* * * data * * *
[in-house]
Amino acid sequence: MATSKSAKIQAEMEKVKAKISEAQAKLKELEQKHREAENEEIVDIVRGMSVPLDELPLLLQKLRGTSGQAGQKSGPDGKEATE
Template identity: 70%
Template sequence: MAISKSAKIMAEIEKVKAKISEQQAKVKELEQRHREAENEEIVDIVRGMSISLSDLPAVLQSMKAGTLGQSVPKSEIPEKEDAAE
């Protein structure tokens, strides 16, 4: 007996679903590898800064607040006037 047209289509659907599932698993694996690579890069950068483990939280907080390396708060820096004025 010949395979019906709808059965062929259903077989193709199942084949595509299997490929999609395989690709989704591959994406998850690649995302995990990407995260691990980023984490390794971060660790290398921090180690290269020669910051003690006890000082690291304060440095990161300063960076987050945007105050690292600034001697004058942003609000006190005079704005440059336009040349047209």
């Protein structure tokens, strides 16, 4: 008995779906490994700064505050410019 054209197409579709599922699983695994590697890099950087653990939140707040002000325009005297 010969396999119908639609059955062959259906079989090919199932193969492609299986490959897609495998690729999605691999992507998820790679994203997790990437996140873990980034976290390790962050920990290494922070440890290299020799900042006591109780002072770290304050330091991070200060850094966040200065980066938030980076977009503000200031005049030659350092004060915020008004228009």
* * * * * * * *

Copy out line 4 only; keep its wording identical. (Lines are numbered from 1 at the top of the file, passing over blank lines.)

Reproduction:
Template sequence: MAISKSAKIMAEIEKVKAKISEQQAKVKELEQRHREAENEEIVDIVRGMSISLSDLPAVLQSMKAGTLGQSVPKSEIPEKEDAAE